Andrew Kennedy

Andrew Kennedy sings arias by Mozart, Gluck & Berlioz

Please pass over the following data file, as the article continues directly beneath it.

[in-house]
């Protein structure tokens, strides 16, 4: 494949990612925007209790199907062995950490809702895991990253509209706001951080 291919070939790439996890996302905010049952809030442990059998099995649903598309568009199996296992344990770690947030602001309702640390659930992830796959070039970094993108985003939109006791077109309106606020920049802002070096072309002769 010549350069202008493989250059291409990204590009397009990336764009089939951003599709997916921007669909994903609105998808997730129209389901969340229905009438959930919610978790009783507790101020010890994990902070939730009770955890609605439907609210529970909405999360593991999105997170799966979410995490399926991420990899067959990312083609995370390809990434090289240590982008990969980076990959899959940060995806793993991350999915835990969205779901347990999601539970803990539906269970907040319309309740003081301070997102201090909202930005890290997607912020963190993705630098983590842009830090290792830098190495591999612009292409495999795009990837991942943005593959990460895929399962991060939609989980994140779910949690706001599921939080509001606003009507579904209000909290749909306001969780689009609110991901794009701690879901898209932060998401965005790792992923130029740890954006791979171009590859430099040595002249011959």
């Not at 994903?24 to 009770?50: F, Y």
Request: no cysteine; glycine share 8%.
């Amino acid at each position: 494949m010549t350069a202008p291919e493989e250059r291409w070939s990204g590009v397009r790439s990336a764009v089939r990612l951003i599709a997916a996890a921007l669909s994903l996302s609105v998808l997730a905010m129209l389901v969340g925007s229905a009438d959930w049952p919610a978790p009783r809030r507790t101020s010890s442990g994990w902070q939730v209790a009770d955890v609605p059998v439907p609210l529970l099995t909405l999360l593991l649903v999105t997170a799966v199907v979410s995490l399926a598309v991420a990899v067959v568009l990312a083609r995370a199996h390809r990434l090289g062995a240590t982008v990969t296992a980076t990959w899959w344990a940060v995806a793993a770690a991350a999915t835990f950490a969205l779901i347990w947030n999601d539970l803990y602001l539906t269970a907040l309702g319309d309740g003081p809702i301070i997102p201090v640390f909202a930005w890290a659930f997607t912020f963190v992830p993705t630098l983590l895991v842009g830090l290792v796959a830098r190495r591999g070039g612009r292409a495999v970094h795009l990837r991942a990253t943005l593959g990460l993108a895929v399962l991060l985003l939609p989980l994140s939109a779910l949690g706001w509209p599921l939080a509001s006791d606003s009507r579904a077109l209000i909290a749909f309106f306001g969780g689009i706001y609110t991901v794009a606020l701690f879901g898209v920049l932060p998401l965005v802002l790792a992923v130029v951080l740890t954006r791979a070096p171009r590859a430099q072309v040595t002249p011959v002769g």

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Tenor Andrew Kennedy, the winner of a number of prestigious prizes in Europe and a debut artist at La Scala just prior to this recording, performs a selection of works by Gluck, Mozart, and Berlioz on this album with the lush and talented Southbank Sinfonia. The first of the opening four Gluck arias starts with a majestic orchestral introduction, which Kennedy follows with a majestic sound. There is a core to his voice and a fullness not often found in tenors' voices; you get the impression he is certainly a power tenor capable of singing in the world's largest houses. Though Kennedy is able to sing notes that are quite high, some of them sound a bit shouted and covered (a term to describe a particular technique used by tenors) and need more curve and vibrato. Kennedy sounds slightly constrained in these, as though he were wearing clothes that were too small for him, so to speak. The arias from Mozart's The Abduction from the Seraglio and the lesser known La Clemenza di Tito are introduced with the Abduction overture, a nice contrast. Once again, it sounds as though Kennedy has an abundance of fullness and passion that seem perhaps too grand for the classical, German-language arias from the Abduction. While Kennedy's voice sounds bright and expressive, more attention to subtleties of phrasing would create more contrast between the arias. Some of the high notes are popped out of place in "Ich baue ganz" (and in a few other arias on the album). It is in the arias from La Clemenza that it is clear Italian is very much Kennedy's language. This arias showcases his voice and emotions. There is more phrasing evident and a fullness in his voice not unlike Pavarotti's. "Se' all' impero" is Kennedy at his most expressive and tender, even when the melismas are not so clear. The Berlioz arias are also sung passionately. His climax of "Seigneur, Seigneur" in "Air de Faust" inevitably moves the listener. Kennedy as a whole would benefit from paying more attention to the subtleties of phrasing and by connecting to the music at a more deeply emotional level, perhaps remedied by choosing repertoire better suited to him. Italian opera, romantic, and verismo especially would channel his power and passion into the right musical outlets. The Southbank Sinfonia does a fine job in accompanying Kennedy, at times poignant, at times playfully Mozartian, but always musically appropriate. Kennedy is certainly an artist to watch.

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